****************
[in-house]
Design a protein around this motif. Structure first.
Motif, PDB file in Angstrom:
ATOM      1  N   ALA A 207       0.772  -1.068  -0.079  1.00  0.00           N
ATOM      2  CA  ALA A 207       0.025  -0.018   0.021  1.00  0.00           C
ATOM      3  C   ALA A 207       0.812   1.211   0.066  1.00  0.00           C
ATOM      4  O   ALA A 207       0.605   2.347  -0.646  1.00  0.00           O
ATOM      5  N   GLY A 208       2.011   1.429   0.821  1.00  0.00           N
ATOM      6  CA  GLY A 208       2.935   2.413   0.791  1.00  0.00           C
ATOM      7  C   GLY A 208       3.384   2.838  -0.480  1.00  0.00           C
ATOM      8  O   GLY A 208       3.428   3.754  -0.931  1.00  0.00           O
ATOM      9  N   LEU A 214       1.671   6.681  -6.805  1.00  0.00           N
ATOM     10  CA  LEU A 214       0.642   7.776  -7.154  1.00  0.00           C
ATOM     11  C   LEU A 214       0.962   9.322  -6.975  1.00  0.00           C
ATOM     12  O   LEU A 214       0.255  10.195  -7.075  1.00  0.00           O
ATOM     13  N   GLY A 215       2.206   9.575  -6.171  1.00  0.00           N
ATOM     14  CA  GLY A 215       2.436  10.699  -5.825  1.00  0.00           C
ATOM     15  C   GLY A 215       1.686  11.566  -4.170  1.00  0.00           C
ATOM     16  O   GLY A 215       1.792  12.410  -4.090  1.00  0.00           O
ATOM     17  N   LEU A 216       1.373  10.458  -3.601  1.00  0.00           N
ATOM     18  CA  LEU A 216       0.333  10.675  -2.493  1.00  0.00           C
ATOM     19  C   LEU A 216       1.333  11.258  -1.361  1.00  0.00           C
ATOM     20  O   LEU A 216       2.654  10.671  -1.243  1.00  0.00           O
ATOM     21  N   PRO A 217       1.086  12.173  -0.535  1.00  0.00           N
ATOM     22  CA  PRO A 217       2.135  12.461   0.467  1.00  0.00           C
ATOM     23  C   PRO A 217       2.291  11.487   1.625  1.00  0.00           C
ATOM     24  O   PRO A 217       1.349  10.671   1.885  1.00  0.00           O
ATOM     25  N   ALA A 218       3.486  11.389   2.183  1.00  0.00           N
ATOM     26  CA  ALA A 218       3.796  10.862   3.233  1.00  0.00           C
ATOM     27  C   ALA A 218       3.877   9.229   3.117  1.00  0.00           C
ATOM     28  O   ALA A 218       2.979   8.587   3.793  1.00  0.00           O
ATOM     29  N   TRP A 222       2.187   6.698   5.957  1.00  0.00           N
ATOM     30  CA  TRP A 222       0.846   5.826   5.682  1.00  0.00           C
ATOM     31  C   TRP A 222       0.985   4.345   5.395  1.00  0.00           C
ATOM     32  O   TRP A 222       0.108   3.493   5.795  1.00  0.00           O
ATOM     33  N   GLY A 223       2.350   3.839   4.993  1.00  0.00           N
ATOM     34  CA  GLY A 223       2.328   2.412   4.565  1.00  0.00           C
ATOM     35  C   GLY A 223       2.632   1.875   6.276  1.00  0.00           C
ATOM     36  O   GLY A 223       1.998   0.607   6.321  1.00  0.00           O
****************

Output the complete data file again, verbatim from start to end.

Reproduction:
[in-house]
Design a protein around this motif. Structure first.
Motif, PDB file in Angstrom:
ATOM      1  N   ALA A 207       0.772  -1.068  -0.079  1.00  0.00           N
ATOM      2  CA  ALA A 207       0.025  -0.018   0.021  1.00  0.00           C
ATOM      3  C   ALA A 207       0.812   1.211   0.066  1.00  0.00           C
ATOM      4  O   ALA A 207       0.605   2.347  -0.646  1.00  0.00           O
ATOM      5  N   GLY A 208       2.011   1.429   0.821  1.00  0.00           N
ATOM      6  CA  GLY A 208       2.935   2.413   0.791  1.00  0.00           C
ATOM      7  C   GLY A 208       3.384   2.838  -0.480  1.00  0.00           C
ATOM      8  O   GLY A 208       3.428   3.754  -0.931  1.00  0.00           O
ATOM      9  N   LEU A 214       1.671   6.681  -6.805  1.00  0.00           N
ATOM     10  CA  LEU A 214       0.642   7.776  -7.154  1.00  0.00           C
ATOM     11  C   LEU A 214       0.962   9.322  -6.975  1.00  0.00           C
ATOM     12  O   LEU A 214       0.255  10.195  -7.075  1.00  0.00           O
ATOM     13  N   GLY A 215       2.206   9.575  -6.171  1.00  0.00           N
ATOM     14  CA  GLY A 215       2.436  10.699  -5.825  1.00  0.00           C
ATOM     15  C   GLY A 215       1.686  11.566  -4.170  1.00  0.00           C
ATOM     16  O   GLY A 215       1.792  12.410  -4.090  1.00  0.00           O
ATOM     17  N   LEU A 216       1.373  10.458  -3.601  1.00  0.00           N
ATOM     18  CA  LEU A 216       0.333  10.675  -2.493  1.00  0.00           C
ATOM     19  C   LEU A 216       1.333  11.258  -1.361  1.00  0.00           C
ATOM     20  O   LEU A 216       2.654  10.671  -1.243  1.00  0.00           O
ATOM     21  N   PRO A 217       1.086  12.173  -0.535  1.00  0.00           N
ATOM     22  CA  PRO A 217       2.135  12.461   0.467  1.00  0.00           C
ATOM     23  C   PRO A 217       2.291  11.487   1.625  1.00  0.00           C
ATOM     24  O   PRO A 217       1.349  10.671   1.885  1.00  0.00           O
ATOM     25  N   ALA A 218       3.486  11.389   2.183  1.00  0.00           N
ATOM     26  CA  ALA A 218       3.796  10.862   3.233  1.00  0.00           C
ATOM     27  C   ALA A 218       3.877   9.229   3.117  1.00  0.00           C
ATOM     28  O   ALA A 218       2.979   8.587   3.793  1.00  0.00           O
ATOM     29  N   TRP A 222       2.187   6.698   5.957  1.00  0.00           N
ATOM     30  CA  TRP A 222       0.846   5.826   5.682  1.00  0.00           C
ATOM     31  C   TRP A 222       0.985   4.345   5.395  1.00  0.00           C
ATOM     32  O   TRP A 222       0.108   3.493   5.795  1.00  0.00           O
ATOM     33  N   GLY A 223       2.350   3.839   4.993  1.00  0.00           N
ATOM     34  CA  GLY A 223       2.328   2.412   4.565  1.00  0.00           C
ATOM     35  C   GLY A 223       2.632   1.875   6.276  1.00  0.00           C
ATOM     36  O   GLY A 223       1.998   0.607   6.321  1.00  0.00           O